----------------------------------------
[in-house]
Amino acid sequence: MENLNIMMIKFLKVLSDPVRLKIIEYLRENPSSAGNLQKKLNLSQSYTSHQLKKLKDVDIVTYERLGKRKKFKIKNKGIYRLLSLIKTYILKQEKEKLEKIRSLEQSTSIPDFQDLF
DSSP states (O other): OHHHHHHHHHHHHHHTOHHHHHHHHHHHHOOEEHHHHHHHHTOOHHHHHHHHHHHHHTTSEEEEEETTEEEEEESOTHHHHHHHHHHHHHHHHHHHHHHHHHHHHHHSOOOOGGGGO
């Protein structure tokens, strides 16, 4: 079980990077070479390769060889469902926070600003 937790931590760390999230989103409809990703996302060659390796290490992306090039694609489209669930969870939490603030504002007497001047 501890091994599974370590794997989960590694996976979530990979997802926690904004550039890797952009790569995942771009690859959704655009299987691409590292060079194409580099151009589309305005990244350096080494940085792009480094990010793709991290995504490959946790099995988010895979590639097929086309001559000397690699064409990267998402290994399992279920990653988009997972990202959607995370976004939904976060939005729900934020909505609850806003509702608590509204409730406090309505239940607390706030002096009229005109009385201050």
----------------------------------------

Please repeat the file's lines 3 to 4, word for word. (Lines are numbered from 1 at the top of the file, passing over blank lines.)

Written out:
DSSP states (O other): OHHHHHHHHHHHHHHTOHHHHHHHHHHHHOOEEHHHHHHHHTOOHHHHHHHHHHHHHTTSEEEEEETTEEEEEESOTHHHHHHHHHHHHHHHHHHHHHHHHHHHHHHSOOOOGGGGO
């Protein structure tokens, strides 16, 4: 079980990077070479390769060889469902926070600003 937790931590760390999230989103409809990703996302060659390796290490992306090039694609489209669930969870939490603030504002007497001047 501890091994599974370590794997989960590694996976979530990979997802926690904004550039890797952009790569995942771009690859959704655009299987691409590292060079194409580099151009589309305005990244350096080494940085792009480094990010793709991290995504490959946790099995988010895979590639097929086309001559000397690699064409990267998402290994399992279920990653988009997972990202959607995370976004939904976060939005729900934020909505609850806003509702608590509204409730406090309505239940607390706030002096009229005109009385201050």